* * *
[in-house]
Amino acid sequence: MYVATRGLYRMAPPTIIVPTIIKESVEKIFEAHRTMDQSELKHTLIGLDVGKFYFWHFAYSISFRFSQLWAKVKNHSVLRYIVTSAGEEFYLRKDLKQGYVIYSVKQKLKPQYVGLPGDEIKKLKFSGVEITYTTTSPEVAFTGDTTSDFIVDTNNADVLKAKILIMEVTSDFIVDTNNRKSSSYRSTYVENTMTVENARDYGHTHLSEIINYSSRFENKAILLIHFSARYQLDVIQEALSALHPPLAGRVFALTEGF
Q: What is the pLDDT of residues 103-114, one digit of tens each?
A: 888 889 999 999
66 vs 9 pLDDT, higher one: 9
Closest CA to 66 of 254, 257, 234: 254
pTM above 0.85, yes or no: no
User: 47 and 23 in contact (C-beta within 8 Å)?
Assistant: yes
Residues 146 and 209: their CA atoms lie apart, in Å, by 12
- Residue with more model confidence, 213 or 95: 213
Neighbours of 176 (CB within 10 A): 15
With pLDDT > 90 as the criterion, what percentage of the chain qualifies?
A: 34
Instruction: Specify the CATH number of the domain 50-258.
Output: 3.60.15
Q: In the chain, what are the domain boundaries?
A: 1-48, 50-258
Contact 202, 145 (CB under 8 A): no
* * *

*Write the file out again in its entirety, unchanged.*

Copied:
[in-house]
Amino acid sequence: MYVATRGLYRMAPPTIIVPTIIKESVEKIFEAHRTMDQSELKHTLIGLDVGKFYFWHFAYSISFRFSQLWAKVKNHSVLRYIVTSAGEEFYLRKDLKQGYVIYSVKQKLKPQYVGLPGDEIKKLKFSGVEITYTTTSPEVAFTGDTTSDFIVDTNNADVLKAKILIMEVTSDFIVDTNNRKSSSYRSTYVENTMTVENARDYGHTHLSEIINYSSRFENKAILLIHFSARYQLDVIQEALSALHPPLAGRVFALTEGF
Q: What is the pLDDT of residues 103-114, one digit of tens each?
A: 888 889 999 999
66 vs 9 pLDDT, higher one: 9
Closest CA to 66 of 254, 257, 234: 254
pTM above 0.85, yes or no: no
User: 47 and 23 in contact (C-beta within 8 Å)?
Assistant: yes
Residues 146 and 209: their CA atoms lie apart, in Å, by 12
- Residue with more model confidence, 213 or 95: 213
Neighbours of 176 (CB within 10 A): 15
With pLDDT > 90 as the criterion, what percentage of the chain qualifies?
A: 34
Instruction: Specify the CATH number of the domain 50-258.
Output: 3.60.15
Q: In the chain, what are the domain boundaries?
A: 1-48, 50-258
Contact 202, 145 (CB under 8 A): no